Caroline Widmann violin 
Huw Watkins piano
BBC Symphony Orchestra 
Jukka-Pekka Saraste conductor
BBC National Orchestra of Wales 
Catherine Larsen-Maguire conductor
London Sinfonietta 
Ryan Wigglesworth conductor

NMC D277

I am pleased to review this disc of large scale works by Michael Zev Gordon because my recent experience of his music was the CD of piano works Diary Pieces (of which I gather there are now over 100) about which I felt somewhat ambivalent. Those pieces are merely jottings when compared to the large pieces on this disc. These three works make a deep impression, and confirm that Gordon is a master of orchestral writing (with a little electronic help).

Bohortha is a Cornish village and is the inspiration for these seven pieces for orchestra, composed in 2012.The booklet notes explain that ‘memory’ is the centre of Michael Zev Gordon’s music, and seeks to clarify that the thematic references to earlier works (the Scene in the countryside from Berlioz’ Symphonie Fantastique and the Adagietto from Mahler 5) in the first of the seven movements. It is the past entering the present. Well, whatever we make of this, the music itself is made up of complex rhythms juxtaposed on top of each other but subsiding occasionally to allow for the references to Berlioz and Mahler to peep through. The seven movements have intriguing titles (including Lost Worlds, Still Centre, Terrifying Angel) and the music is as colourful and inventive as these.

The violin concerto of 2017 is in three movements – slow, fast, slow, and unlike Bohortha relies on through-composed music, beginning with an oscillating two-note figure out of which the melody and harmony emerge. Surely the Berg violin concerto was an influence in the juxtaposition of careful and colourfully orchestrated accompanied sections, and the strident tutti outbursts. The movement ends with quiet music and the violin playing very high notes.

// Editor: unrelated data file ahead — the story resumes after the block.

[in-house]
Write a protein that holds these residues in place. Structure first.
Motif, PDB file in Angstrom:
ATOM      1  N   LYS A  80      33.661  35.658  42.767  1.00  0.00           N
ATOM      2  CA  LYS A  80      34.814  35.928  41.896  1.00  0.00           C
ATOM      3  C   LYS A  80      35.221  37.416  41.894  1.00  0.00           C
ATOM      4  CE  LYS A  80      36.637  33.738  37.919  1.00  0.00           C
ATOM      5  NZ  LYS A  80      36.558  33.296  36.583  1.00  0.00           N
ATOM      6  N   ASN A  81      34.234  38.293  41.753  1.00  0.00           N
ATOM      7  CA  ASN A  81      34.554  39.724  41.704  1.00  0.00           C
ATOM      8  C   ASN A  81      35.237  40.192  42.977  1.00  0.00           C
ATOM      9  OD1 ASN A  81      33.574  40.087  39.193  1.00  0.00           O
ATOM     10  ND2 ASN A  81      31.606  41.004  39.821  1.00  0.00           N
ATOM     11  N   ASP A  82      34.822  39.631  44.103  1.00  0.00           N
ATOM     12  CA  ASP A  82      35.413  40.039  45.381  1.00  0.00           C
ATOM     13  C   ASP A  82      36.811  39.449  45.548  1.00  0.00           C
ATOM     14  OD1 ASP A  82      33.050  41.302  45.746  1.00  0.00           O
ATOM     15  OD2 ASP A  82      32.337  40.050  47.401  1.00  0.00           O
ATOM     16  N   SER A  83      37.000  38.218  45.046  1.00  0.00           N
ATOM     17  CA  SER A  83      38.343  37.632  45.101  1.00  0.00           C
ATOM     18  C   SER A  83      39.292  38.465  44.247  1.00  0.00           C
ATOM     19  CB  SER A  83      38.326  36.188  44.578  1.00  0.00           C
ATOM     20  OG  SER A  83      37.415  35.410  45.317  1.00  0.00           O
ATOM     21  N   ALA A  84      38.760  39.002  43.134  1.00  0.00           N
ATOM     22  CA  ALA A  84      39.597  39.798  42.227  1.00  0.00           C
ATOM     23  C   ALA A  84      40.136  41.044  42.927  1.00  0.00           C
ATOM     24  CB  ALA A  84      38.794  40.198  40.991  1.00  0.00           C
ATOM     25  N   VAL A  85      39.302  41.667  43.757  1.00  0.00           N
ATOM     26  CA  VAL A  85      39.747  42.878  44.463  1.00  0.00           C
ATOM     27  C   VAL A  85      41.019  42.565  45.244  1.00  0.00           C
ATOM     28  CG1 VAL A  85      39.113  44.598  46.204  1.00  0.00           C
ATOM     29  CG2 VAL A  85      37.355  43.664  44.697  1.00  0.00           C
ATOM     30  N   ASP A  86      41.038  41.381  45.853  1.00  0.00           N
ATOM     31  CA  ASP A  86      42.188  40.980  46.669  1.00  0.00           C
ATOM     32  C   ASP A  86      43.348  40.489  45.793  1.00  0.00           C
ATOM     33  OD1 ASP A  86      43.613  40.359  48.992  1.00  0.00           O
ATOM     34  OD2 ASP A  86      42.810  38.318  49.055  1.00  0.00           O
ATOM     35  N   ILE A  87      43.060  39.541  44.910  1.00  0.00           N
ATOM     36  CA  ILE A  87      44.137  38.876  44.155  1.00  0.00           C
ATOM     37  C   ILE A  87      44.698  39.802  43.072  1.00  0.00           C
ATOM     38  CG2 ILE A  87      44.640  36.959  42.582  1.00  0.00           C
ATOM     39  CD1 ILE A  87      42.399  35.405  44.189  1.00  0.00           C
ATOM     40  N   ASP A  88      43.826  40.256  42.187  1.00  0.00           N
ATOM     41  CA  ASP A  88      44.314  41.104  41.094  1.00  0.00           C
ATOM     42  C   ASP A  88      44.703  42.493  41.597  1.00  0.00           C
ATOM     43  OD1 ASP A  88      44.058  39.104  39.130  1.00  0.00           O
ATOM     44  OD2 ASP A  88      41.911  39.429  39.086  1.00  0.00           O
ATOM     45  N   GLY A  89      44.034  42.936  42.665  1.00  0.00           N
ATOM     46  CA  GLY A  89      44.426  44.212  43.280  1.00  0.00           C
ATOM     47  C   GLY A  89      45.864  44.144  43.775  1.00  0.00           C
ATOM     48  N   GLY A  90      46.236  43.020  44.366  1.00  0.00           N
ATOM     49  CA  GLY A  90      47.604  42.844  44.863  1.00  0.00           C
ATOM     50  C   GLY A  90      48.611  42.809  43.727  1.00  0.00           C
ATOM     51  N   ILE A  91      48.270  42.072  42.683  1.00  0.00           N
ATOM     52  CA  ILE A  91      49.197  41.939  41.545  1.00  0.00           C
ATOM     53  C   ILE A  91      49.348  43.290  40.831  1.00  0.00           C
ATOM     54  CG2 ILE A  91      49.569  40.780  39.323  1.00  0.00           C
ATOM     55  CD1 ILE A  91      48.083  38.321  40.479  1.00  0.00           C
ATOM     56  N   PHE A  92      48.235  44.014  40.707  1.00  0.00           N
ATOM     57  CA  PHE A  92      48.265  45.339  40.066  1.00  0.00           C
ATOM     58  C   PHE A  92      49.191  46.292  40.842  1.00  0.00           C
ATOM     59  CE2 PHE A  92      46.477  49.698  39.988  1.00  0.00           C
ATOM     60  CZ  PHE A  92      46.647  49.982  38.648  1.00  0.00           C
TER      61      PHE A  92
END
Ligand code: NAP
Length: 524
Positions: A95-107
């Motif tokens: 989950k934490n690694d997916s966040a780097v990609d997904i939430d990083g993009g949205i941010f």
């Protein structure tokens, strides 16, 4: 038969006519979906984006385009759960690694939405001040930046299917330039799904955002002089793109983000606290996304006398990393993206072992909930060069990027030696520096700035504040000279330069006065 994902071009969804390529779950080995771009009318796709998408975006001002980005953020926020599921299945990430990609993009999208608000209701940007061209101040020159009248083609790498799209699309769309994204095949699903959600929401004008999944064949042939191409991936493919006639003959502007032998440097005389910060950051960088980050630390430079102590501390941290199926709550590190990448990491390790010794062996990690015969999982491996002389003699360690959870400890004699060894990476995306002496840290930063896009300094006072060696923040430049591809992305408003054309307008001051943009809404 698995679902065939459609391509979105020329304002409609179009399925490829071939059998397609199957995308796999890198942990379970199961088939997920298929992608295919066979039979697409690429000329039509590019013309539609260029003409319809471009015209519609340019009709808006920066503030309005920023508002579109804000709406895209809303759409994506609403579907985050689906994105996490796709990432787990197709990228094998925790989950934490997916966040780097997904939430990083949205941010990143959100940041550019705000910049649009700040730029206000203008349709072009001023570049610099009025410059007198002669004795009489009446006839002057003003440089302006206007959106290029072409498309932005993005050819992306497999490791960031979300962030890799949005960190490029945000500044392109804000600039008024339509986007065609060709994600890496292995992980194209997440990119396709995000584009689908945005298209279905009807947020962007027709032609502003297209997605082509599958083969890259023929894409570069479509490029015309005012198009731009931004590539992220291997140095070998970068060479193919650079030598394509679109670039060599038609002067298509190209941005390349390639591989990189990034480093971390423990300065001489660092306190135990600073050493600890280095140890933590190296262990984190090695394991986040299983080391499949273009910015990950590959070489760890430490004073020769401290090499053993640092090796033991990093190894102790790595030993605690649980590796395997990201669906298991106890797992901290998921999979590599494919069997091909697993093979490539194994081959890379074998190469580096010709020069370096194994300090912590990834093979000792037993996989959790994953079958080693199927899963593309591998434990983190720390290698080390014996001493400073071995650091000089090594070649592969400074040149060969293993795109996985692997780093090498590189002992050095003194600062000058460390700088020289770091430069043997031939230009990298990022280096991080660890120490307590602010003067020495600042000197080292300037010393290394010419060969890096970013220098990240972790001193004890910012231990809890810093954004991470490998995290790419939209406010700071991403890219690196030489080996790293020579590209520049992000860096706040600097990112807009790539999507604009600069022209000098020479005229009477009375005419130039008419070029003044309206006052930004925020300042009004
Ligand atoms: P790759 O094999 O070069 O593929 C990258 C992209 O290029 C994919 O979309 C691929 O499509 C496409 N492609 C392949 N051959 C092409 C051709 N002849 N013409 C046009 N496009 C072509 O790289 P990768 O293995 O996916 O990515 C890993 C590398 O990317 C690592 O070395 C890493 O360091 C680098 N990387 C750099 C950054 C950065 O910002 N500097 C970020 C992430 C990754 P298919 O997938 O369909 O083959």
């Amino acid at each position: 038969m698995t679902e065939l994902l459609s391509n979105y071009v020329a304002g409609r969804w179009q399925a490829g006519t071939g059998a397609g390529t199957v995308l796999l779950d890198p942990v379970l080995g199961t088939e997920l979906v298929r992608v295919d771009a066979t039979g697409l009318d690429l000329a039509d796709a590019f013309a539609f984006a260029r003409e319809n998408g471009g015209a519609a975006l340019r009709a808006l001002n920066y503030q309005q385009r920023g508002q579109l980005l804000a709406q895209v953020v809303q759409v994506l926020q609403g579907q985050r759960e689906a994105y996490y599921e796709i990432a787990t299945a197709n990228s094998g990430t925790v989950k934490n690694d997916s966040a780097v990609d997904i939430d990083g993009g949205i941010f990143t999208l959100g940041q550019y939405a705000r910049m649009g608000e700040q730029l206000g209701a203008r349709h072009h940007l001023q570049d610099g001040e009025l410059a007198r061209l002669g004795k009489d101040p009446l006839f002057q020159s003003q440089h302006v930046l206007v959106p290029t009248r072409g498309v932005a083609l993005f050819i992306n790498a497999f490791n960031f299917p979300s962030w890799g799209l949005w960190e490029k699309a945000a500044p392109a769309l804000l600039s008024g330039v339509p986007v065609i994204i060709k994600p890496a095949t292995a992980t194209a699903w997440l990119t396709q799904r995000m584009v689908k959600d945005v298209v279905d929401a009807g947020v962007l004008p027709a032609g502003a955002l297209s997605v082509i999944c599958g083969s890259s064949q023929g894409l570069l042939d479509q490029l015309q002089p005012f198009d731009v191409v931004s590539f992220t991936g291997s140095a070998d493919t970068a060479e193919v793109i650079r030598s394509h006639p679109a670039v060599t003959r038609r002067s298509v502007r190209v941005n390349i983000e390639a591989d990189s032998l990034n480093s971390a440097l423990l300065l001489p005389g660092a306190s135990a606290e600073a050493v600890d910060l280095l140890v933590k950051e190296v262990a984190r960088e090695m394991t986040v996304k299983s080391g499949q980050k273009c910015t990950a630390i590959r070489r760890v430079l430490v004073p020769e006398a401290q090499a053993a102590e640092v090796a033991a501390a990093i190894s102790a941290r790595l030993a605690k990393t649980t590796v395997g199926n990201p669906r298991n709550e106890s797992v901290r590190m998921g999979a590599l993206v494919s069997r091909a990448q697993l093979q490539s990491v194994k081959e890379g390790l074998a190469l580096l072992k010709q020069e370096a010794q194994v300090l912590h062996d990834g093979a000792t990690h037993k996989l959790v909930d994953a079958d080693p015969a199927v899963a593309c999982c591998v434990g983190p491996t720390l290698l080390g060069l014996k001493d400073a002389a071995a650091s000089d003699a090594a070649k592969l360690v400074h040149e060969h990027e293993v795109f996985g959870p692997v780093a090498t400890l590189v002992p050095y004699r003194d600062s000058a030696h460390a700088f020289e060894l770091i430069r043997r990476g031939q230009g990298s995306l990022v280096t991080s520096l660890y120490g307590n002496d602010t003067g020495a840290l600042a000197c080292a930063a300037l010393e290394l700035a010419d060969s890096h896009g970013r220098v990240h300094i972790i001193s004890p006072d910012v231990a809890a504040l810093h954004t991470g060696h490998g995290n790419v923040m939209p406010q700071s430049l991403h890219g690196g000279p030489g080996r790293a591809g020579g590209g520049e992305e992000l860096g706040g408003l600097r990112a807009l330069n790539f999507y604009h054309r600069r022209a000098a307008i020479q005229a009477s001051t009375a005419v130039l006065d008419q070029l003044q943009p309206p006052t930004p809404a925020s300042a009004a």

The middle movement is fast and is neo-baroque in style and reminds me of Prokofiev (middle movement of the first concerto) and Stravinsky’s violin concerto. But Gordon has his own individual voice. The music is lively, and the orchestra keeps this up to the end while the soloist plays long notes above. The finale is introduced by soaring string exchanges, and an oscillating figure reminds us of the first movement. After a solo cadenza the work ends almost as it began.

The Impermanence of Things (2009) is a major work for piano, large ensemble (including piano accordion) and electronics. Over thirteen movements we again hear fragments of the past (Couperin, Debussy, Schumann). The movement titles are interesting in themselves (the first is True singing is a different breath, about nothing) and the entire piece is a marvel of variety and invention. The work ends with ‘May his memory be a blessing’ which is a lament, the title of a Jewish prayer for the recently deceased.

Review by Ronald Corp